Immediate border solution "unrealistic": Chinese media
The state media said but cautioned that it was "unrealistic" to expect a solution to the festering boundary issue from a single meeting.Updated: Jan 14, 2008 18:22 IST
Prime Minister Manmohan Singh's first visit to China after a "wait" of more than a year was "a good opportunity to strengthen ties", the state media said but cautioned that it was "unrealistic" to expect a solution to the festering boundary issue from a single meeting.
"The border issue has always been on the agenda when Chinese and Indian leaders meet. A relic of the two countries' past, settlement of the issue will depend on wisdom, vision and flexibility. It is unrealistic to expect a solution from a single meeting," China Daily, the communist nation's leading English language newspaper, commented.
Singh's previous visit was cancelled at the last minute in June 2006 when he was to attend the summit of Shanghai Cooperation Organisation, the Beijing-based regional security grouping, it said.
India's hopes for a "breakthrough" on a border issue especially that the "Chinese side would accept a solution described as maintaining the status quo with minor adjustments" were blamed for the delay in Singh's visit, Hu Shisheng, a researcher, wrote in an opinion piece in the daily.
"The reason for this (dealy of visit) could be 'too many expectations'. The two governments expected a great deal from Singh's China trip when he agreed to come, hoping to make some breakthroughs on bilateral issues of significance."
The Chinese side hoped to sign a bilateral free trade pact or a regional trade arrangement, Hu, with think-tank China Institute of Contemporary International Relations, said, adding neither side "is fully prepared for a breakthrough the other is hoping for".
The two giant neighbours have yet to commit to holding annual bilateral summit meetings. The last Indian president, Abdul Kalam, never visited China during his five-year term in office. As for Prime Minister Singh, this is his fourth year in office but his first trip to China, Hu said.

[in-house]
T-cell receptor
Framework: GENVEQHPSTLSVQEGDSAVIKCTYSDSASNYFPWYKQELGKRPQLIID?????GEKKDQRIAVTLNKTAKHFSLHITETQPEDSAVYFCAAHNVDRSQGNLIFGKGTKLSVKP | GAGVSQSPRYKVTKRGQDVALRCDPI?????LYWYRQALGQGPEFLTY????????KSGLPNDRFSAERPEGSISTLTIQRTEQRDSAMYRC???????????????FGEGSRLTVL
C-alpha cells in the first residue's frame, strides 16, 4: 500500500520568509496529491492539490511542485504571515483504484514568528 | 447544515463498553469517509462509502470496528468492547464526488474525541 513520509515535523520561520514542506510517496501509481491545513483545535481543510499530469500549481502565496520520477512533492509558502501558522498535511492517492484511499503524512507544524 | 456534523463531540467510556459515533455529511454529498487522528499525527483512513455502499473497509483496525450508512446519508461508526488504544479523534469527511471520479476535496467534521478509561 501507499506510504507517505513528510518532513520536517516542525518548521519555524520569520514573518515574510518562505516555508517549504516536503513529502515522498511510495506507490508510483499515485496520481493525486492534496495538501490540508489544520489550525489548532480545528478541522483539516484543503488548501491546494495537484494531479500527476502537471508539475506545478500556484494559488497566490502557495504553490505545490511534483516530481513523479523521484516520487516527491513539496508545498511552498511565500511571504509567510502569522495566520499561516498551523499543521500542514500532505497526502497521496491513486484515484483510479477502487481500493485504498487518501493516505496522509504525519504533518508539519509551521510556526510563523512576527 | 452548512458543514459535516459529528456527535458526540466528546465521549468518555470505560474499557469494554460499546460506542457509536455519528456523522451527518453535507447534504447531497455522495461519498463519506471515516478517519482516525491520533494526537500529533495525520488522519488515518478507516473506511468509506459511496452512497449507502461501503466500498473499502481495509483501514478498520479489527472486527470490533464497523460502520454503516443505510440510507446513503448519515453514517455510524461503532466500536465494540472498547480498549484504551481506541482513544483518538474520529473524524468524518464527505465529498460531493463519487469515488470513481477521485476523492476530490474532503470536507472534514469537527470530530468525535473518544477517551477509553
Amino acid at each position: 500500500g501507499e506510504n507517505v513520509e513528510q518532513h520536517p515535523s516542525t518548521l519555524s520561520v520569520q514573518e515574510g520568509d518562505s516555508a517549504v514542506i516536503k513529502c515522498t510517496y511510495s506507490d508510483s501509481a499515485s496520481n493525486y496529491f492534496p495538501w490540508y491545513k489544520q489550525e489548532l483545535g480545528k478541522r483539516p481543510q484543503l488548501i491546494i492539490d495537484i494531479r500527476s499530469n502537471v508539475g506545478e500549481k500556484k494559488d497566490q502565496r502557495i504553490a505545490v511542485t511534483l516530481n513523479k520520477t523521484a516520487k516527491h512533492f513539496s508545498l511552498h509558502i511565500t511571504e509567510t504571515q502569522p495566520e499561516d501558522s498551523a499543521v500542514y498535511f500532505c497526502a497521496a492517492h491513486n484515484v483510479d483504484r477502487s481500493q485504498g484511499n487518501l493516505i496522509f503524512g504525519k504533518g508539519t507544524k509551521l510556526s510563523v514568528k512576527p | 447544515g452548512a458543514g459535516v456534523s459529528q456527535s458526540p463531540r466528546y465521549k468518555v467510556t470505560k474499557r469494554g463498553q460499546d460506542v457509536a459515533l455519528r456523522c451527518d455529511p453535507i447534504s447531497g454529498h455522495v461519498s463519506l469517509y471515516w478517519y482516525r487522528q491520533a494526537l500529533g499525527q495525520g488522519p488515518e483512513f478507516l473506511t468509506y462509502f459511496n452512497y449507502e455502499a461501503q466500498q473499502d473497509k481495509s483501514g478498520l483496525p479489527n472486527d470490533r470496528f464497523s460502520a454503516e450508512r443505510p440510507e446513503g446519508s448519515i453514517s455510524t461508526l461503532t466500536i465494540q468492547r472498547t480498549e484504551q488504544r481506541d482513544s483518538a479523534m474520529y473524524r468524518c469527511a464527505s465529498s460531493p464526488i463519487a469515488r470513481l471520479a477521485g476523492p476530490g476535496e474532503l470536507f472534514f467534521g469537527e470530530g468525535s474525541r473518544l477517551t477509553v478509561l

Reciprocal visits between top leaders are particularly important for China and India to improve their bilateral ties, because exchanges between the two peoples have not been smooth despite the fact they are neighbours.
Hu, however, said that the delay in Singh's visit must not be viewed in negative light as it has actually spurred the two sides to explore and advance in other areas of their bilateral ties.
Noting the "significant progress" in China-India relations, particularly in security, the article said last month, the two armies conducted their first joint military exercise, turning a "staring match" into a "handshake", as both sides put aside their 1962 border war.
Even on such tough issues as border demarcation and bilateral trade, the two nations have managed to make some encouraging progress in the past year, Hu said.
The two sides agreed to form a joint working group that would build a framework for resolving the border issue, thus putting efforts on track toward a real solution.
Pointing that two Chinese premiers and their Indian counterparts have paid each other official visits during their terms in office in recent years, Hu said it shows bilateral ties have indeed been put on a positive track.
However, the current pace of high-level reciprocal visits between the two sides still needs to be stepped up as the two build a strategic
partnership as fast-rising powers.
As the two peoples get to know each other better, bilateral ties will develop more smoothly and some of the thorny issues will be resolved easily, he said.